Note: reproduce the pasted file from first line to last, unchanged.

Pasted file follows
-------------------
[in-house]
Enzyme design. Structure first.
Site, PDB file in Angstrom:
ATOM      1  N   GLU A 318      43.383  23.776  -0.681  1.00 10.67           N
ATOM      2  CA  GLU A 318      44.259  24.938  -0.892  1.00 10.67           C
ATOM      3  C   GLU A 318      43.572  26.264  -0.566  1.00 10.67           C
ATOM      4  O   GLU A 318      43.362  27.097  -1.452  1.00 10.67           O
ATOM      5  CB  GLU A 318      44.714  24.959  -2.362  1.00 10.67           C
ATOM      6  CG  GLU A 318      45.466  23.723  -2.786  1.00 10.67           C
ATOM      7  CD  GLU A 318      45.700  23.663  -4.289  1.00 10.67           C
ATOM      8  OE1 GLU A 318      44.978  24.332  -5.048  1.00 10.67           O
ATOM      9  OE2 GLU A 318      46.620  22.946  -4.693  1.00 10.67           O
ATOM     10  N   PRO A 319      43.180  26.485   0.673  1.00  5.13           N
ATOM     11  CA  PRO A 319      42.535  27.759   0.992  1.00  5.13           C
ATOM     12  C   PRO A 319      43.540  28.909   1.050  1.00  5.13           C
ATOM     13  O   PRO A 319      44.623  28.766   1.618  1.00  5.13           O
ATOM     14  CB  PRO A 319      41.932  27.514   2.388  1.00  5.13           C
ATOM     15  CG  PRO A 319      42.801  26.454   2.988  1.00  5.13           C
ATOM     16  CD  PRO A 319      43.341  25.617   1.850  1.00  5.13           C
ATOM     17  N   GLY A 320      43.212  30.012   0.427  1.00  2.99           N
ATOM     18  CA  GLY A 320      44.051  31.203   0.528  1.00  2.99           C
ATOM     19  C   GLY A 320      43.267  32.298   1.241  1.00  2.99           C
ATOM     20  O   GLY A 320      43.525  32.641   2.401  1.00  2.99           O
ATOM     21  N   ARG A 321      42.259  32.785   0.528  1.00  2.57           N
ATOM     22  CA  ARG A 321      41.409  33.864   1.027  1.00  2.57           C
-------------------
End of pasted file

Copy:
[in-house]
Enzyme design. Structure first.
Site, PDB file in Angstrom:
ATOM      1  N   GLU A 318      43.383  23.776  -0.681  1.00 10.67           N
ATOM      2  CA  GLU A 318      44.259  24.938  -0.892  1.00 10.67           C
ATOM      3  C   GLU A 318      43.572  26.264  -0.566  1.00 10.67           C
ATOM      4  O   GLU A 318      43.362  27.097  -1.452  1.00 10.67           O
ATOM      5  CB  GLU A 318      44.714  24.959  -2.362  1.00 10.67           C
ATOM      6  CG  GLU A 318      45.466  23.723  -2.786  1.00 10.67           C
ATOM      7  CD  GLU A 318      45.700  23.663  -4.289  1.00 10.67           C
ATOM      8  OE1 GLU A 318      44.978  24.332  -5.048  1.00 10.67           O
ATOM      9  OE2 GLU A 318      46.620  22.946  -4.693  1.00 10.67           O
ATOM     10  N   PRO A 319      43.180  26.485   0.673  1.00  5.13           N
ATOM     11  CA  PRO A 319      42.535  27.759   0.992  1.00  5.13           C
ATOM     12  C   PRO A 319      43.540  28.909   1.050  1.00  5.13           C
ATOM     13  O   PRO A 319      44.623  28.766   1.618  1.00  5.13           O
ATOM     14  CB  PRO A 319      41.932  27.514   2.388  1.00  5.13           C
ATOM     15  CG  PRO A 319      42.801  26.454   2.988  1.00  5.13           C
ATOM     16  CD  PRO A 319      43.341  25.617   1.850  1.00  5.13           C
ATOM     17  N   GLY A 320      43.212  30.012   0.427  1.00  2.99           N
ATOM     18  CA  GLY A 320      44.051  31.203   0.528  1.00  2.99           C
ATOM     19  C   GLY A 320      43.267  32.298   1.241  1.00  2.99           C
ATOM     20  O   GLY A 320      43.525  32.641   2.401  1.00  2.99           O
ATOM     21  N   ARG A 321      42.259  32.785   0.528  1.00  2.57           N
ATOM     22  CA  ARG A 321      41.409  33.864   1.027  1.00  2.57           C